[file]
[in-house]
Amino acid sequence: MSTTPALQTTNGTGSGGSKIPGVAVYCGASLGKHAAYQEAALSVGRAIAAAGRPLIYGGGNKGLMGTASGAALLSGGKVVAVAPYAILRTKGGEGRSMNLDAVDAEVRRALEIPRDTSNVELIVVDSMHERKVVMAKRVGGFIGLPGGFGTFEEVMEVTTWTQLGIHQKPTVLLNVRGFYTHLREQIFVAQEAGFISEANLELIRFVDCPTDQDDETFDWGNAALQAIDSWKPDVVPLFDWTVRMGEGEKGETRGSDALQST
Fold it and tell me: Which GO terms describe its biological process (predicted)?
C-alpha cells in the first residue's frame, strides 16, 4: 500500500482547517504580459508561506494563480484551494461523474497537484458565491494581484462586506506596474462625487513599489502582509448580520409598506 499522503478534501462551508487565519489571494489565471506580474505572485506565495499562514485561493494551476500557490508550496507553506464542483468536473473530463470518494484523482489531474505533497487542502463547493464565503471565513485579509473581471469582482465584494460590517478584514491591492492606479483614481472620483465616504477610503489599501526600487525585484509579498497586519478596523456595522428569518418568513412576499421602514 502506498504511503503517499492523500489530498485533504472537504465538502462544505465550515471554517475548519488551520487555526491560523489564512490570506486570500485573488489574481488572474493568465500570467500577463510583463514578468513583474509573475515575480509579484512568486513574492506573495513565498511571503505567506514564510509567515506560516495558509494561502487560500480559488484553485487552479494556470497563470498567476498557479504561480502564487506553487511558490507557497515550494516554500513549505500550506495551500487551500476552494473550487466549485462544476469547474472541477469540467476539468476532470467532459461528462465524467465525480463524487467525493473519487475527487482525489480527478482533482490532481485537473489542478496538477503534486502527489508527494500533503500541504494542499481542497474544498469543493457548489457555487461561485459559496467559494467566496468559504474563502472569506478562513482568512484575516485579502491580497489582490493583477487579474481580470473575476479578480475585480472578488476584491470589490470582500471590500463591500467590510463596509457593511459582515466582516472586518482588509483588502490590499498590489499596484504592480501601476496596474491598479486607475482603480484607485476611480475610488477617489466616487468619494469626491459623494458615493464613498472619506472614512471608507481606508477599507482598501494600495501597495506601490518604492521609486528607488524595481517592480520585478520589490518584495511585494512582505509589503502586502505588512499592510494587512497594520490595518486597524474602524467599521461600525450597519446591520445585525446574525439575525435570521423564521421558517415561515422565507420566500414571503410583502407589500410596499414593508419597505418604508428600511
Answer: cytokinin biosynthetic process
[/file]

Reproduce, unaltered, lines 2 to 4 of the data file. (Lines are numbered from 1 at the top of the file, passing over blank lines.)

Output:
Amino acid sequence: MSTTPALQTTNGTGSGGSKIPGVAVYCGASLGKHAAYQEAALSVGRAIAAAGRPLIYGGGNKGLMGTASGAALLSGGKVVAVAPYAILRTKGGEGRSMNLDAVDAEVRRALEIPRDTSNVELIVVDSMHERKVVMAKRVGGFIGLPGGFGTFEEVMEVTTWTQLGIHQKPTVLLNVRGFYTHLREQIFVAQEAGFISEANLELIRFVDCPTDQDDETFDWGNAALQAIDSWKPDVVPLFDWTVRMGEGEKGETRGSDALQST
Fold it and tell me: Which GO terms describe its biological process (predicted)?
C-alpha cells in the first residue's frame, strides 16, 4: 500500500482547517504580459508561506494563480484551494461523474497537484458565491494581484462586506506596474462625487513599489502582509448580520409598506 499522503478534501462551508487565519489571494489565471506580474505572485506565495499562514485561493494551476500557490508550496507553506464542483468536473473530463470518494484523482489531474505533497487542502463547493464565503471565513485579509473581471469582482465584494460590517478584514491591492492606479483614481472620483465616504477610503489599501526600487525585484509579498497586519478596523456595522428569518418568513412576499421602514 502506498504511503503517499492523500489530498485533504472537504465538502462544505465550515471554517475548519488551520487555526491560523489564512490570506486570500485573488489574481488572474493568465500570467500577463510583463514578468513583474509573475515575480509579484512568486513574492506573495513565498511571503505567506514564510509567515506560516495558509494561502487560500480559488484553485487552479494556470497563470498567476498557479504561480502564487506553487511558490507557497515550494516554500513549505500550506495551500487551500476552494473550487466549485462544476469547474472541477469540467476539468476532470467532459461528462465524467465525480463524487467525493473519487475527487482525489480527478482533482490532481485537473489542478496538477503534486502527489508527494500533503500541504494542499481542497474544498469543493457548489457555487461561485459559496467559494467566496468559504474563502472569506478562513482568512484575516485579502491580497489582490493583477487579474481580470473575476479578480475585480472578488476584491470589490470582500471590500463591500467590510463596509457593511459582515466582516472586518482588509483588502490590499498590489499596484504592480501601476496596474491598479486607475482603480484607485476611480475610488477617489466616487468619494469626491459623494458615493464613498472619506472614512471608507481606508477599507482598501494600495501597495506601490518604492521609486528607488524595481517592480520585478520589490518584495511585494512582505509589503502586502505588512499592510494587512497594520490595518486597524474602524467599521461600525450597519446591520445585525446574525439575525435570521423564521421558517415561515422565507420566500414571503410583502407589500410596499414593508419597505418604508428600511